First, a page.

I was running on automatic pilot in the midst of a hectic workday, so I grabbed the phone before the first ring faded.
“Are you the one organizing all those peace things downtown?”
The question caught me off guard. “Which peace things do you mean?”
Several demonstrations against the invasion of Iraq had taken place in our far-flung corner of America, and various weekly peace vigils were still drawing respectable numbers—the most visible, a Sunday “Bridges for Peace” gathering on a main thoroughfare near the county’s only shopping mall. I had attended these events, but could not claim to be “the organizer.”
“You know, those people standing around holding signs,” he elaborated.
I felt a twinge of caution. “Who am I speaking to, please?”
He offered his name unhesitatingly, adding that he did not wish me harm, but wanted to say he was angry—as were many others—that our group was out there undermining the morale of U.S. troops. He suggested that I move to Iraq if I “liked it better” there. His American roots ran generations deep, his great-great-grandfather imprisoned at Andersonville during the Civil War. He himself had fought in Vietnam and Cambodia, losing buddies and schoolmates. Who was I to withhold support of our troops in Iraq—especially when it was combat veterans who had won my right to speak out?
I had gotten such calls before in reaction to prior efforts at political activism. They invariably precluded response, consisting of irate venting followed by the crash of a slammed receiver.
This call was different. I sensed a sadness, a reluctance to leave our disagreement at that. No hang-up here. Instead, the caller related hideous scenes etched in his memory and bluntly challenged my credibility. Who was I to talk about war? “Have you ever seen a man’s head cut off?” he asked, “because I have!” Then he got to the point: he had survived the private hell of combat only to be spit upon by anti-war protesters upon his return to the U.S. in 1973.
The pain in his voice was palpable. And so it was to comfort, as well as enlighten, that I explained why we peace activists braved the contempt of people like him to proclaim opposition to America’s misadventure in the Persian Gulf. Our focus was not only the random butchery of ordinary people—their flesh shredded by shrapnel, bones crushed under once-sheltering concrete, mangled limbs, blackened corpses, the obliteration of whole families as they slept—people whose only mistake was to be Iraqi in the spring of 2003.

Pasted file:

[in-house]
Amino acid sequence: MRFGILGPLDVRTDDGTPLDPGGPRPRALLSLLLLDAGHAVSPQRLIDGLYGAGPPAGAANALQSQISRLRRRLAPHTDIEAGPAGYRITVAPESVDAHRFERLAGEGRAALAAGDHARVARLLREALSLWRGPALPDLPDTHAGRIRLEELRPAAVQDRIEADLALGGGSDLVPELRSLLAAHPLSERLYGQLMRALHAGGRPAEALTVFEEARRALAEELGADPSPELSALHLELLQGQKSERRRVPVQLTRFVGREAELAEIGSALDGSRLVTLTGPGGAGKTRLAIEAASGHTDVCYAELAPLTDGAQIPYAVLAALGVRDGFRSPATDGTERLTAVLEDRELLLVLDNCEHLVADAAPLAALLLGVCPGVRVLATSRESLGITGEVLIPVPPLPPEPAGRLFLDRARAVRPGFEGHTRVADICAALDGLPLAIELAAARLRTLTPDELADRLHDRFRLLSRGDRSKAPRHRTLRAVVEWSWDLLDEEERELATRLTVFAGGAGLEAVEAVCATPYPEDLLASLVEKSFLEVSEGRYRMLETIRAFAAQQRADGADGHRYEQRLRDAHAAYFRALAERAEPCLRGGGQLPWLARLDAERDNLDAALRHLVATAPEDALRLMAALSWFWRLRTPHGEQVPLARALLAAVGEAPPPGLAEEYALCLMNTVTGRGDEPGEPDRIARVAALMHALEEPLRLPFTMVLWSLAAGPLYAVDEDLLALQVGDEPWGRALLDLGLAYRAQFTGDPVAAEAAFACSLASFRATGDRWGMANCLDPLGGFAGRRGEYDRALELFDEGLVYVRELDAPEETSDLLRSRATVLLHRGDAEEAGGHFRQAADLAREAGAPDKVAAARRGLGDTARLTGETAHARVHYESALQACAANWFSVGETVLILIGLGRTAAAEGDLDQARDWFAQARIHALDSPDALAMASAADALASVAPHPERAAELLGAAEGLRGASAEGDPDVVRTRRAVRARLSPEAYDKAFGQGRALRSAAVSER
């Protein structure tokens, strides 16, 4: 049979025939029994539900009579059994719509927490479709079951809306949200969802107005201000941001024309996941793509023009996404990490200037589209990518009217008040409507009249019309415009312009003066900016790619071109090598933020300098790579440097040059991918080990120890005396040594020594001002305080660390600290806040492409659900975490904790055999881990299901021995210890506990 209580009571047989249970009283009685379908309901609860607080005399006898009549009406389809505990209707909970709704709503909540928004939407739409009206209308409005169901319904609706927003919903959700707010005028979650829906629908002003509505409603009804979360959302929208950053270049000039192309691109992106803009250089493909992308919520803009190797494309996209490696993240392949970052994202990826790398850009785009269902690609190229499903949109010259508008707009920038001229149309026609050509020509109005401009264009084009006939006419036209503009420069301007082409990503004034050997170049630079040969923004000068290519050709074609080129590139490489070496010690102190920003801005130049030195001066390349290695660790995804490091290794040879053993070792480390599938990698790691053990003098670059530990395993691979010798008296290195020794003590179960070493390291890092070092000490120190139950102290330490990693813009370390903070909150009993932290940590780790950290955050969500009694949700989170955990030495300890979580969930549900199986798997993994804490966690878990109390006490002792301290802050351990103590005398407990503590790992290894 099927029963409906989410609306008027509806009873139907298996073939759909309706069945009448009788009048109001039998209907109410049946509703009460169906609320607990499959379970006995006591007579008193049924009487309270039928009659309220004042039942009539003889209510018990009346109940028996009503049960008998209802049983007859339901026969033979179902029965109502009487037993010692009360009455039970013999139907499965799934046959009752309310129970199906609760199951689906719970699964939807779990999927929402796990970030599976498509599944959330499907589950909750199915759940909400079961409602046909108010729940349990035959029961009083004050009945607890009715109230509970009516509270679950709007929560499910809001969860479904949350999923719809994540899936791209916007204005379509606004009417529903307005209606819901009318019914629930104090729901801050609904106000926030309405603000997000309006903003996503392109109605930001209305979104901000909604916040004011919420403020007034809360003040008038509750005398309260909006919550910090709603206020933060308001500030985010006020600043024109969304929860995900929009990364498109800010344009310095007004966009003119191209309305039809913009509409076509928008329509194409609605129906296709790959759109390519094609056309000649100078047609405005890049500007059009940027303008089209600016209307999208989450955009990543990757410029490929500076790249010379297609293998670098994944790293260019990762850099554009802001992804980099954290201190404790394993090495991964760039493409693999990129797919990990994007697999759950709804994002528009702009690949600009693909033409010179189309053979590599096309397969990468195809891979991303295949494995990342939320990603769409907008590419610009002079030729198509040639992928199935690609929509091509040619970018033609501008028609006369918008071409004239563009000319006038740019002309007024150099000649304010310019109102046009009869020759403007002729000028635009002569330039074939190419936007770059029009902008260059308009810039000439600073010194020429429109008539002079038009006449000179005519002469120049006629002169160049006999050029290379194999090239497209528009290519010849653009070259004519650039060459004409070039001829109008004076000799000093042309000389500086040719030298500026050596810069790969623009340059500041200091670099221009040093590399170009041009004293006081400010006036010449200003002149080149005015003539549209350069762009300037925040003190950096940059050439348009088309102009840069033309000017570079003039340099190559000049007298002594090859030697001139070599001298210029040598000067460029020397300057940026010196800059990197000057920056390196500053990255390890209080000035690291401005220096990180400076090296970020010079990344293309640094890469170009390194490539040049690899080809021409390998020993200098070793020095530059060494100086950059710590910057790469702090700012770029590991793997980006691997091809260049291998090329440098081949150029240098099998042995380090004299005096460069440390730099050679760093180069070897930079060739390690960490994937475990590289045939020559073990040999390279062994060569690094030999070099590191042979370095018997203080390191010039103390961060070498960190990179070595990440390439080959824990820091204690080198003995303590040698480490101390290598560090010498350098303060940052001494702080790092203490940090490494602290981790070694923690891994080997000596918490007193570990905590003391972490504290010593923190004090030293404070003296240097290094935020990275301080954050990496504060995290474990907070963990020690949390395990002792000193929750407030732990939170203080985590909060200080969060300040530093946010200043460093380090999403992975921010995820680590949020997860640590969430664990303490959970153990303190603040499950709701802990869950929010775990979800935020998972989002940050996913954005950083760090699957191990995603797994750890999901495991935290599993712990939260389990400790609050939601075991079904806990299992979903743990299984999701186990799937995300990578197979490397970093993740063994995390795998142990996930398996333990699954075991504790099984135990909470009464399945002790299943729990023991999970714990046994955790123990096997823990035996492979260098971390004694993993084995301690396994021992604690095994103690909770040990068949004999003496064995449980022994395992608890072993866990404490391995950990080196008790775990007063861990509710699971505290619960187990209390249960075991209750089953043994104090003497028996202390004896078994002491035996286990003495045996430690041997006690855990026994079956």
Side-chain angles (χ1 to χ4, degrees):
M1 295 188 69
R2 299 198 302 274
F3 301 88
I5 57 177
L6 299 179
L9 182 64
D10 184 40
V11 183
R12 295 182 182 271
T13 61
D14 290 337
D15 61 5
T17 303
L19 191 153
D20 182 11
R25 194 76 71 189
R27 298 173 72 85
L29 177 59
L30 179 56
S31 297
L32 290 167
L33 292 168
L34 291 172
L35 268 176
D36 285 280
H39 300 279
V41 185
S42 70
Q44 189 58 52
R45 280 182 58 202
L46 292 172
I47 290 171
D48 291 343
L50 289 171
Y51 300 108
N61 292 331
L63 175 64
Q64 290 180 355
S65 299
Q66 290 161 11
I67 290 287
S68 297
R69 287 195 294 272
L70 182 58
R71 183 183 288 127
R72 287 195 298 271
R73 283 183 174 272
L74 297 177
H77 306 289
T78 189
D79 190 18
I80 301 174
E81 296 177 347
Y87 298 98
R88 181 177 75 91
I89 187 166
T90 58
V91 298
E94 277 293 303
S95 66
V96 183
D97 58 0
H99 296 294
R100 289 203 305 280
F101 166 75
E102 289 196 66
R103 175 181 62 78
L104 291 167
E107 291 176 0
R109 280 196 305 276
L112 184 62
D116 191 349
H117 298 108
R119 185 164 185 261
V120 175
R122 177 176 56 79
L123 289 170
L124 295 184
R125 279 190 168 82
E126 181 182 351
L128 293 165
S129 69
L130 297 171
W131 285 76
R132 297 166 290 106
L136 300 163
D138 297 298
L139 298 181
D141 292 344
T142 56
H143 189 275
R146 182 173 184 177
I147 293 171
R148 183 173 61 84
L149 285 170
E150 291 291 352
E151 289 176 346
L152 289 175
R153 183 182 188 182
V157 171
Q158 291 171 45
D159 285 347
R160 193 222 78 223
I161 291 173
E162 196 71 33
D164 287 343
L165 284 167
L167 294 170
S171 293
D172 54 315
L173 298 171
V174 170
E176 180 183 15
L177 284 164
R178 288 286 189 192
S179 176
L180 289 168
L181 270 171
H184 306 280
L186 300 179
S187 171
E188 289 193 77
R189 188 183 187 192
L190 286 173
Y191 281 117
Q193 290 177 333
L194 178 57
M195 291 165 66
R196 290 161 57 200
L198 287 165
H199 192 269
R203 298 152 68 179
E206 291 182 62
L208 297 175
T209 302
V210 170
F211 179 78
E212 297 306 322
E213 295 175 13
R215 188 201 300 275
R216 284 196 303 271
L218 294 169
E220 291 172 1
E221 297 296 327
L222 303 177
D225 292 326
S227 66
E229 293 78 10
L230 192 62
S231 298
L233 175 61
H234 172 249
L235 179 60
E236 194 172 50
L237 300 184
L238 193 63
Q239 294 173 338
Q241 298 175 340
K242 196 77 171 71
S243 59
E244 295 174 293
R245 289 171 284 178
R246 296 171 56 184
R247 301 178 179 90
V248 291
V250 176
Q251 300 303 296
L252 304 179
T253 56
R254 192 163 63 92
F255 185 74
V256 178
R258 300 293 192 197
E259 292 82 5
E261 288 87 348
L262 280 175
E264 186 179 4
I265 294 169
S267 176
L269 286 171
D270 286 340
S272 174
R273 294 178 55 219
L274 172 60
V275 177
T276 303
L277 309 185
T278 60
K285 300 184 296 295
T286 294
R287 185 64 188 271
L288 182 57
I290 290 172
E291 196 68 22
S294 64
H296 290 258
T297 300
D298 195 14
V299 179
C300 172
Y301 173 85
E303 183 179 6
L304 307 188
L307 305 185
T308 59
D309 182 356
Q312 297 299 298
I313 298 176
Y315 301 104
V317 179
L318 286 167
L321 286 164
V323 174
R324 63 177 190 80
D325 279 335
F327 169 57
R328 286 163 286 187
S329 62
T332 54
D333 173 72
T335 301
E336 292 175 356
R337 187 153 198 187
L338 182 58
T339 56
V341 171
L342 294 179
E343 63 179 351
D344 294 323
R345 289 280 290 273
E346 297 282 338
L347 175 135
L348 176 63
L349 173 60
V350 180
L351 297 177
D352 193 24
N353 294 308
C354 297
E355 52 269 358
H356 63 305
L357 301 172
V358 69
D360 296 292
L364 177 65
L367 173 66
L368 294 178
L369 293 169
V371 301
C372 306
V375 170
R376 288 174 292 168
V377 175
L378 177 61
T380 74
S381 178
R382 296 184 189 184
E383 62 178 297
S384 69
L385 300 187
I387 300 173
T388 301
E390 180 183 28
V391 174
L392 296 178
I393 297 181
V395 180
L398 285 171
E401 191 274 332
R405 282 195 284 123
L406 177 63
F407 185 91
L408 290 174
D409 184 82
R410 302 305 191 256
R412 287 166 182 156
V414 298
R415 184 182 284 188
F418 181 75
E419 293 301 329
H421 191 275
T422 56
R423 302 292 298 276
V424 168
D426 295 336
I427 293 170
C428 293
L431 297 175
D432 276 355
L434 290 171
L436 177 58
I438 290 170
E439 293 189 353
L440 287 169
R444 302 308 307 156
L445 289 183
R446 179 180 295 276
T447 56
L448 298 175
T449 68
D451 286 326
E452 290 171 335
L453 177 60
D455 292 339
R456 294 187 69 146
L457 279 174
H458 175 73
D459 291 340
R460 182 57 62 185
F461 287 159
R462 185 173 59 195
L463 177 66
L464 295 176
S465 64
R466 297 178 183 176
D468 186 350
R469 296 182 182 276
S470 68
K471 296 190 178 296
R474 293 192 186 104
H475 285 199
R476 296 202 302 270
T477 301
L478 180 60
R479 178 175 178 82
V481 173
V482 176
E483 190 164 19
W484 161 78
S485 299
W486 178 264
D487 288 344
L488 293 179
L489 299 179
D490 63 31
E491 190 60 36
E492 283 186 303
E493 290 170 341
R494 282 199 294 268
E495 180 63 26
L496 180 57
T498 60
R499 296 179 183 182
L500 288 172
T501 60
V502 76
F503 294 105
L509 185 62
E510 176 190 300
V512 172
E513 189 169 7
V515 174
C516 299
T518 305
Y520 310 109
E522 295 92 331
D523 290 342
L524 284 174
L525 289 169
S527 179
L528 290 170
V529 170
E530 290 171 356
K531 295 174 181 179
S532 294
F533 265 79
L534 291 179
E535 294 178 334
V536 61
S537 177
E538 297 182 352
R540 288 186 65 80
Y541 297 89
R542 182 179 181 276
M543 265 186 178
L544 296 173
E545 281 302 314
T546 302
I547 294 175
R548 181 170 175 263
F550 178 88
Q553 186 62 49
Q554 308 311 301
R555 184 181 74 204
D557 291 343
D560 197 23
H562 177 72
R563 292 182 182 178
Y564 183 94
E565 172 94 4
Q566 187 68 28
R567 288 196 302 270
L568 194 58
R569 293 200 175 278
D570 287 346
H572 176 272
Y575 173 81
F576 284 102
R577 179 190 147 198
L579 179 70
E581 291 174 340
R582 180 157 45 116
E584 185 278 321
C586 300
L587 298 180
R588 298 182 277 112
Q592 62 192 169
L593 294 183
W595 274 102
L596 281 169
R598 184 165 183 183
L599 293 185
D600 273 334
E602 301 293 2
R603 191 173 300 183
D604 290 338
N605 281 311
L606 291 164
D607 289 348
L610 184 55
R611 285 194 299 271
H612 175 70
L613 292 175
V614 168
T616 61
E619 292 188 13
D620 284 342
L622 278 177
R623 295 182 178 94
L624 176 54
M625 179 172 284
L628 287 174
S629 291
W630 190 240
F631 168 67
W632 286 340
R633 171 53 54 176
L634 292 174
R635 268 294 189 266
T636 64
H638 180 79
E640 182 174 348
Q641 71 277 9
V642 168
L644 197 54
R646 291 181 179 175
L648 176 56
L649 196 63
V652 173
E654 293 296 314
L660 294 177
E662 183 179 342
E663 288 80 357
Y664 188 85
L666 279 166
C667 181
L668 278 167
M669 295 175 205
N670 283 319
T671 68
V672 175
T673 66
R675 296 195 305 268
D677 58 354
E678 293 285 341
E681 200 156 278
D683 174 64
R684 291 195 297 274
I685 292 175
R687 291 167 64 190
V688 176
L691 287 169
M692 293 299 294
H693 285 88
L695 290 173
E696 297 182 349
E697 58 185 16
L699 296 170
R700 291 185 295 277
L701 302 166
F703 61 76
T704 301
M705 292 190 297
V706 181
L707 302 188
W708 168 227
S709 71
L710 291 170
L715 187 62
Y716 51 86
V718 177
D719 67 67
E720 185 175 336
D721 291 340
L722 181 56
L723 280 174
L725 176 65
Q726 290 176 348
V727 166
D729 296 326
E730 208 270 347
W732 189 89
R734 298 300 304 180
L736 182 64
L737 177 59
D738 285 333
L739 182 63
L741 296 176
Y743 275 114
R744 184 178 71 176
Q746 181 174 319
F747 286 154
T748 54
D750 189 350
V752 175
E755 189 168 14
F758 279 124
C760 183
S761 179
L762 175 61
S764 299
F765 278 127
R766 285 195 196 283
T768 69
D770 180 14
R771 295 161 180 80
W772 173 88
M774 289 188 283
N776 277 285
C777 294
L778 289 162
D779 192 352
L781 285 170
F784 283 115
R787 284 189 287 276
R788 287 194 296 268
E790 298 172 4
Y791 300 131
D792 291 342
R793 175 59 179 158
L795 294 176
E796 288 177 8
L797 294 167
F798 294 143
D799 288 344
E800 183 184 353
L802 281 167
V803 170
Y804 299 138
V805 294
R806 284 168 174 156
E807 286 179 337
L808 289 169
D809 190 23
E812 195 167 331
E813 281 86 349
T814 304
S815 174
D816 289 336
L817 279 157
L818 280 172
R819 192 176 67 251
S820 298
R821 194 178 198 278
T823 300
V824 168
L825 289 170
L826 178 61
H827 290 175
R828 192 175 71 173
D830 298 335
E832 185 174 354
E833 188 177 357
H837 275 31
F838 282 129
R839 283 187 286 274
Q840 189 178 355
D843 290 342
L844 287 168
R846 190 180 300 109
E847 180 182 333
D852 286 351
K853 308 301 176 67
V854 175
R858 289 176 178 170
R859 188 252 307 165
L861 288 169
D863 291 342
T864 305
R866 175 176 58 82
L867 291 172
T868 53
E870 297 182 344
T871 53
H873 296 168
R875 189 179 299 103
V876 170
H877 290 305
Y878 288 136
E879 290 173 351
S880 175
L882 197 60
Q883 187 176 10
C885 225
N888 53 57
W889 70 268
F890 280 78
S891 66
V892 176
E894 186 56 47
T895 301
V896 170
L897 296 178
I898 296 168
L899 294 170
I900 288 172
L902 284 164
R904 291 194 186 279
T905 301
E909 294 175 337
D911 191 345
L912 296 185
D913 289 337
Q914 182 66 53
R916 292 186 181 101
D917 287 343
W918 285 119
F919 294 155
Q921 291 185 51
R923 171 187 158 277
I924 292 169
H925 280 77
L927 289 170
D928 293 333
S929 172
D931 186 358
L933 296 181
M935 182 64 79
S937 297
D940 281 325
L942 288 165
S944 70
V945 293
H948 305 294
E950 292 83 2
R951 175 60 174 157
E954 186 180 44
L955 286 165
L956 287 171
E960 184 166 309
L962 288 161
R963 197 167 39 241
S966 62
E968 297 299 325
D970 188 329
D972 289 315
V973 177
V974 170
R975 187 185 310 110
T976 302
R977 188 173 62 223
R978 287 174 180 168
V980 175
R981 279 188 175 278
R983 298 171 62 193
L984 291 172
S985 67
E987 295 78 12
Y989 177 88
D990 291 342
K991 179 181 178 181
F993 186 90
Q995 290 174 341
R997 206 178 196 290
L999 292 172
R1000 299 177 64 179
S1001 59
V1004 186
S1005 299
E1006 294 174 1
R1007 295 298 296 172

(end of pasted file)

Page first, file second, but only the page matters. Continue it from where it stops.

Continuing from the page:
Our eyes were also fixed on our own not-much-older-than children thrust into the inferno of that carnage, although they merely sought a decent education and a good job in lean economic times. Children whose hands had so recently clasped juice boxes and book bags now reflexively pumped 7.65 mm life-extinguishing steel projectiles into the soft tissue of real soldiers and real civilians, who choked on the terrifying realization of their own mortality, deafened by pounding mortar fire, nostrils filled with the stench of cadavers, their boots slipping through the blood of friend and enemy alike.
As I spoke, I recalled the televised image of a Marine in newly-occupied Baghdad. I had been startled by his youth, his cheeks so smooth, as if they had hardly known the scrape of a razor. He could have been the teenager who mows my lawn, the high school student bagging groceries at the supermarket, or one of those ubiquitous kids gulping burgers at McDonalds. How his mother must grieve for that tender life she nurtured precipitously plucked from boyhood and recast in the crucible of war!
My caller had grown quiet. “I haven’t slept a night since 1973,” he confided.
Those who return from war, and the families of those who do not, take refuge in notions of honor, righteousness, and high moral purpose. How else render their loss comprehensible, their anguish bearable? The ultimate tragedy of Iraq is this: its toll in ruptured pasts and foreclosed expectations cannot be redeemed by the nobility of service or sacrifice. This was a war blatantly driven by the will for hegemony.
We ravished the wealth of a desert country and plundered our own in pursuit of global empire. We will crown our conquest with a $36 million embassy-castle built in the shadows of disemboweled palaces, and lavish $100 million on schools rising from the rubble of those we razed. We will dispense $8 billion in thanks to allies who sold out their people to become vassal-states. We will refurbish our military might, replacing wrecked Apache helicopters ($22 million each) and Bradley tanks ($1.2 million each), and spending $100 billion on weapons in 2004 alone.
Our national largesse is made possible by Oregon’s public school teachers, who agreed to work for two weeks without pay, and 1.7 million Medicaid recipients dropped from the rolls in 22 states, and 2,000 teachers and staff laid off in Alabama, and 30,000 children without childcare in Connecticut, and 8,000 Massachusetts families who will be homeless because the emergency eviction prevention program ran dry, and unknown numbers of veterans losing $844 million in health benefits.
The caller sighed. “This country sure is in a bad way.” I agreed. And that was why I stood on the street—for peace, justice, reason, compassion, and the renewal of a democracy gone awry. In that moment, he and I shared an understanding born of the simple, common dreams of all humanity. We were not so different after all—just two sides of the same coin. “Well, it’s been good talking to you,” he said, preparing to hang up. Yes, I said, it had been good talking to him, too.
Jillian Aldebron (email@example.com) is a lawyer and activist in Presque Isle, Maine.